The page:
TRALAC - Trade Law Centre

South Africa: 'New threat to AGOA benefits'

Sunday, 02 October 2016

Source: ENCA / ANN (South Africa)

The United States poultry industry has warned that South Africa could once again lose its trade free access for many exports to the market if South African poultry and pork producers get a court injunction to block US chicken imports.

US Poultry and Egg Export Council (Usapeec) president James Sumner said that if the South African Poultry Association (Sapa) and SA Pork Producers Organisation (Sappo) won their court case “it probably would – and should – trigger another out-of-cycle review under Agoa”.

The African Growth and Opportunity Act (Agoa) is the US law which allows eligible African countries to export many products to the US duty-free. It has been particularly beneficial to South African automobile, wine, and fruit exporters.

But South Africa nearly lost its key Agoa benefits last year as a result of an “out-of-cycle” review triggered by US poultry, pork, and beef producers who complained that South Africa was violating Agoa by blocking imports of their products.

South Africa eventually negotiated its continued participation in Agoa by lifting 15-year-old anti-dumping duties for a quota of 65,000 tons of chicken parts a year and also lifted health restrictions which continued to block poultry, pork, and beef imports.

But Sapa and Sappo have now appealed the lifting of the health restrictions on imported US poultry and pork. Sappo CEO Simon Streicher has been quoted in South African media saying his organisation was not convinced the US was doing enough to prevent its pork bringing porcine reproductive and respiratory syndrome (PRRS) into the country.

Streicher told The Poultry Site that South Africa was one of only a few countries in the world where PRRS had been eliminated and Sappo was wary of allowing it back in. He said about 500kg of US pork shoulders had already been blocked since the concession was made because of PRRS concerns.

Sapa is appealing against concessions by the government concerning the standard salmonella protocol for testing imported products, because of the risk of people getting sick if contaminated poultry enters the country.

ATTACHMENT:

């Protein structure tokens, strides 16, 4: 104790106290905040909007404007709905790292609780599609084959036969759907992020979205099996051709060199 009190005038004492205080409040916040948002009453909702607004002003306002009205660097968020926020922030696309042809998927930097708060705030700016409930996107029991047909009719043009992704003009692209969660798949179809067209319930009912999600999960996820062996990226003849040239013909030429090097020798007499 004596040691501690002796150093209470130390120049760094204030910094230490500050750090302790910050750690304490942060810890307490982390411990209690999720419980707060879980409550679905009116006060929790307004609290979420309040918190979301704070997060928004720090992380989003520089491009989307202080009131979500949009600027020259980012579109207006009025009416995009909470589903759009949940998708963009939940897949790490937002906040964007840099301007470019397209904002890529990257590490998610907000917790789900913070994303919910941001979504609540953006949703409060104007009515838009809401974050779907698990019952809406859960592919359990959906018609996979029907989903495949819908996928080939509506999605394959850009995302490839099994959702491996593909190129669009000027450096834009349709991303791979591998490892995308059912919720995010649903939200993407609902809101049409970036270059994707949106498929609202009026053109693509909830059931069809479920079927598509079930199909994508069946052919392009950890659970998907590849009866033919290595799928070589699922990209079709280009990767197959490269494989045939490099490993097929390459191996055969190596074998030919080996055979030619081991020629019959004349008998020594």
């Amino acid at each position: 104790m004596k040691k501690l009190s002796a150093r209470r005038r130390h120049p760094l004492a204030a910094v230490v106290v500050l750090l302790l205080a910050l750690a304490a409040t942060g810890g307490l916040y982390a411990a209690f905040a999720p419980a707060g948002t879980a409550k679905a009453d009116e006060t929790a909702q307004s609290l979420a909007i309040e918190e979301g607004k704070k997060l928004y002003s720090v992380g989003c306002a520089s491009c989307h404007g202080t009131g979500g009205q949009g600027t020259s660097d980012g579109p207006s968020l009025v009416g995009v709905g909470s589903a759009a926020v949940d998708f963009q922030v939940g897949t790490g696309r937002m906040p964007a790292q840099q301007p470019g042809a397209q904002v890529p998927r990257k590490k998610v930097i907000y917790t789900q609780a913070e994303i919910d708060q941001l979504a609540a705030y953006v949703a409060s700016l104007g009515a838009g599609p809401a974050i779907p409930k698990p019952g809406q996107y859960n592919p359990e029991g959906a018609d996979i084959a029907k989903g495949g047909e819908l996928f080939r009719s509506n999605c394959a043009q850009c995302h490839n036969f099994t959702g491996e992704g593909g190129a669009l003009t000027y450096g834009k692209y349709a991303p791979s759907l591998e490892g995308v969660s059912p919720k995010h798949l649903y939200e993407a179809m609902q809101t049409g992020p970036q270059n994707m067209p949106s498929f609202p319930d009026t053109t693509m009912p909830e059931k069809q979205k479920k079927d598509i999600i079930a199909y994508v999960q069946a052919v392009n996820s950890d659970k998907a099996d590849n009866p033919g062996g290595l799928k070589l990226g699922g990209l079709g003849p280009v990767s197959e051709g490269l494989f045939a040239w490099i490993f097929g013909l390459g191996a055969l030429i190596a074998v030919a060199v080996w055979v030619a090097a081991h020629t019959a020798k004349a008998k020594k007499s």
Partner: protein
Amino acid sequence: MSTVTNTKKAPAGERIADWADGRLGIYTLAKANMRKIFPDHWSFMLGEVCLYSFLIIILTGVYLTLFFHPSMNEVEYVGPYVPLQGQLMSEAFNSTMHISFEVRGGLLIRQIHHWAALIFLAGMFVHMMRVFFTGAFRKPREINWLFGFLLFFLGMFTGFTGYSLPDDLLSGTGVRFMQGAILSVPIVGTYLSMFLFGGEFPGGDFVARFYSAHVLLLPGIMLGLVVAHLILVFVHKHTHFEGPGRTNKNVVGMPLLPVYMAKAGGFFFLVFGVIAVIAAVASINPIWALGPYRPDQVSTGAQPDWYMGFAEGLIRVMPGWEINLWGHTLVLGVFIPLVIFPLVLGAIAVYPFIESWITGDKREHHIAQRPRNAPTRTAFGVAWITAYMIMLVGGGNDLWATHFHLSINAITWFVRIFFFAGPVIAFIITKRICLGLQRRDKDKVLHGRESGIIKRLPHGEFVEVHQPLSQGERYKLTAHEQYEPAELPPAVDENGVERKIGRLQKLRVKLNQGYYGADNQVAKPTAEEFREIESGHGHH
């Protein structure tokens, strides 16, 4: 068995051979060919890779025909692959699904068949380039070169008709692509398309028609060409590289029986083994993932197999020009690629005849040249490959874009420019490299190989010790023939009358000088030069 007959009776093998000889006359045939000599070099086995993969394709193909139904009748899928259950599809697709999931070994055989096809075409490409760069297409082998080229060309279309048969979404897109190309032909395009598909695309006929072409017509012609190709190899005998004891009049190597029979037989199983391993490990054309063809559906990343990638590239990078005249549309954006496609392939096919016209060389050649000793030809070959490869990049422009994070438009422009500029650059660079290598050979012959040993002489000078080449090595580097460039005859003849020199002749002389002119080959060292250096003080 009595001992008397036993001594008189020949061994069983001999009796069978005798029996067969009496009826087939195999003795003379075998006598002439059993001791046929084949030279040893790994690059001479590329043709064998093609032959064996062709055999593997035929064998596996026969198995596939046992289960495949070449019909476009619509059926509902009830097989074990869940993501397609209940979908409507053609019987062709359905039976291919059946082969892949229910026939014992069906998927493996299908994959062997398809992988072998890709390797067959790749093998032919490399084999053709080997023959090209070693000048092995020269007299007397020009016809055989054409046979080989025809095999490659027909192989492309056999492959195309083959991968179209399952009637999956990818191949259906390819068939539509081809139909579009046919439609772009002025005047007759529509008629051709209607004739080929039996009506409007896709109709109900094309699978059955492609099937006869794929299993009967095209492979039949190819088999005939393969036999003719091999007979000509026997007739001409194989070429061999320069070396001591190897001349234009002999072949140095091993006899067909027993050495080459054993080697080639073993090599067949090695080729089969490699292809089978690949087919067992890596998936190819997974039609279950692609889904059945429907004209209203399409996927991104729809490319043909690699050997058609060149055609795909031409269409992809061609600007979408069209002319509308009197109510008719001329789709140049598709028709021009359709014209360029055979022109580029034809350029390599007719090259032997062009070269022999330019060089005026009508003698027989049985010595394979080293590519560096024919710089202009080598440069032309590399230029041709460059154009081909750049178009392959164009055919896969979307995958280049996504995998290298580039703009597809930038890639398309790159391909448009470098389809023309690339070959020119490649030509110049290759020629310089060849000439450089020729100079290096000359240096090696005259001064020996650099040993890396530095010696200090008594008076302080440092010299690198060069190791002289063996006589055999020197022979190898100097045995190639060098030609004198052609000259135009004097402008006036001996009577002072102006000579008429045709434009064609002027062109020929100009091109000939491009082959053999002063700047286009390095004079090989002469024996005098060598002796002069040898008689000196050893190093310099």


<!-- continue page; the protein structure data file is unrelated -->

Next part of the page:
Sapa CEO Kevin Lovell said Sapa and Sappo’s appeals should not have a negative impact on the Agoa agreement, as it was not an attack on agreed quotas. “All we want is for the United States to follow the same protocols as any other country.”

However, Sumner was convinced that if Sapa and Sappo won their court appeals South Africa’s Agoa participation would once again be challenged. He also acknowledged that because of various problems, the US had so far only met about 10 percent of the 65,000 tons quota and was likely to fall far short of it by the end of the year.

Another major obstacle has been that two major supermarket chains, Pick ‘n Pay and Checkers, have decided not to import US poultry. Jim Wayt managing director of Intervision Foods, one of the US companies exporting poultry to SA, said he was convinced that this was because the supermarkets were trying to avoid public perception of health problems rather than because of any real health concerns.

“If we get a level playing field, rather than a Lovell playing field, we will be able to compete,” he quipped, punning on the name of Sapa CEO Kevin Lovell, who has been the chief opponent of US poultry imports.

Sumner also expressed confidence that the US would eventually be able to meet its quota once it had made the necessary contacts and got back into the market from which it had been excluded for 17 years.

The US could benefit from a possible imposition of tariffs on poultry imports from the European Union (EU), which now enter the South African market tariff-free under the EU-SA free trade agreement. Wayt said he was expecting the South African trade authorities to make a determination on this on 21 October. The protection which SAPA is seeking for what is says has been a surge of EU poultry imports is a 13.4 percent safeguard duty.

One of the major US complaints has been that it is not only competing with South African poultry producers but also with EU producers who had a huge price advantage.

Sumner noted that even after the prohibitive anti-dumping duties on US poultry imports had been lifted for the 65,000 tons a year quota, US poultry producers were still paying normal duties of 37 percent versus zero for the EU.

“If South African poultry producers can’t compete with us after that duty, coming on top of our landed transport costs – South Africa is not next door to the US – then its not surprising chicken is so expensive in South Africa,” he said.

He also announced that the World Poultry Foundation would be coming to South Africa soon to discuss proposals for a programme to help and train disadvantaged South Africans to enter the poultry industry. Usapeec is funding that programme.

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